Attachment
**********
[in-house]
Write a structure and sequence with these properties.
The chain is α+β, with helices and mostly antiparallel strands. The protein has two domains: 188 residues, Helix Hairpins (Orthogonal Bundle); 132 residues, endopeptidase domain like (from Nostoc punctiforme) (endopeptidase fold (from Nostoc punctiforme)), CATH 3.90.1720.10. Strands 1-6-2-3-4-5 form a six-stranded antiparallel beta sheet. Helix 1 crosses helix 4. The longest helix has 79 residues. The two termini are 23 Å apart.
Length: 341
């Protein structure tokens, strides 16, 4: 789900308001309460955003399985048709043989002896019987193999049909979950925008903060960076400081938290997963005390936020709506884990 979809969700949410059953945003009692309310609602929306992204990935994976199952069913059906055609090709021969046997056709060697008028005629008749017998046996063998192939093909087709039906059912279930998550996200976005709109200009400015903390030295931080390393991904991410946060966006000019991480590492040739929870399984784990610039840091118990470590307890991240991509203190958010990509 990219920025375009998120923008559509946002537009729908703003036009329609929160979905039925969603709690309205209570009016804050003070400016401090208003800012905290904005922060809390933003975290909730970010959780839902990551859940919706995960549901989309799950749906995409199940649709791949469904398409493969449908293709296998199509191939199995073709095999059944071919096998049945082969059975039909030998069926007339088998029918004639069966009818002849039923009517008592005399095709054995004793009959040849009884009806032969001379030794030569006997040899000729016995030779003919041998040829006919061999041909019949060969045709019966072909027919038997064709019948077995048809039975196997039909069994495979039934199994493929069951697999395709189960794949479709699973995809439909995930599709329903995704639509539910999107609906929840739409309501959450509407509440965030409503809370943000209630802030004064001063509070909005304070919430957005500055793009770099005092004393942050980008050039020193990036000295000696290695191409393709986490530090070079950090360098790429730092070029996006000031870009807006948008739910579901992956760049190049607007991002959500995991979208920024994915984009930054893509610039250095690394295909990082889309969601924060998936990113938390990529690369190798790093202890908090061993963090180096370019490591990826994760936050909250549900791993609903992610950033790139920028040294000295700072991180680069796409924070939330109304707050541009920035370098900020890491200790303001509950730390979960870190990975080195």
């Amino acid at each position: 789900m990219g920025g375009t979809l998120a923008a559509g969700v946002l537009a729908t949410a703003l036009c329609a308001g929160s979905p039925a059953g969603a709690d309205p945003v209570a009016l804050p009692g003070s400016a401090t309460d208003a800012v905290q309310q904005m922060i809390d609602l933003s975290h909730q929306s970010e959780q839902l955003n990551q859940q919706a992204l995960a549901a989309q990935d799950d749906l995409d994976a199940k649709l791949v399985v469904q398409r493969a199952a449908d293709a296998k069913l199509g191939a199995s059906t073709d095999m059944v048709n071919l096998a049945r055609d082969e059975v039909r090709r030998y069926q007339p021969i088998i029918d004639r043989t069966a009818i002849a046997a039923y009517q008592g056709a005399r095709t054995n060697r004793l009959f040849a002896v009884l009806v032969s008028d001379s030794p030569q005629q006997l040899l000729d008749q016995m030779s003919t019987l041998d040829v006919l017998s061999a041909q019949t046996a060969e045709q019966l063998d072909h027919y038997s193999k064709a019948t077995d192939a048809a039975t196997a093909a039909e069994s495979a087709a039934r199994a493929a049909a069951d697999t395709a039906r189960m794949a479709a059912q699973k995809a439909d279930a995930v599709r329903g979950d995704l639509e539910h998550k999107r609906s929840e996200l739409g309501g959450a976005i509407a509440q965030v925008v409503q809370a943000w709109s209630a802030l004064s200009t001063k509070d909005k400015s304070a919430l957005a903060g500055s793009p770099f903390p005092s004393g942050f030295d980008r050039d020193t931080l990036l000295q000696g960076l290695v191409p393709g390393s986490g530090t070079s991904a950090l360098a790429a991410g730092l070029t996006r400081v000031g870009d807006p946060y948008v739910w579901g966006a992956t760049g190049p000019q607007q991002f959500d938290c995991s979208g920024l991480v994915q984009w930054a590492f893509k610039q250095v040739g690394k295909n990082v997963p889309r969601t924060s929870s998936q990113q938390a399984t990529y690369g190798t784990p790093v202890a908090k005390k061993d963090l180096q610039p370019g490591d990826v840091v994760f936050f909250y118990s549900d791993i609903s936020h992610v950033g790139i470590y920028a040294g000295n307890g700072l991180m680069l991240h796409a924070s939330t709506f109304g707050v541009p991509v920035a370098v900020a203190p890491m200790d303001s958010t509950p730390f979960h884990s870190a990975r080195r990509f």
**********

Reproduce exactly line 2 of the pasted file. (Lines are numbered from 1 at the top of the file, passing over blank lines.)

Write a structure and sequence with these properties.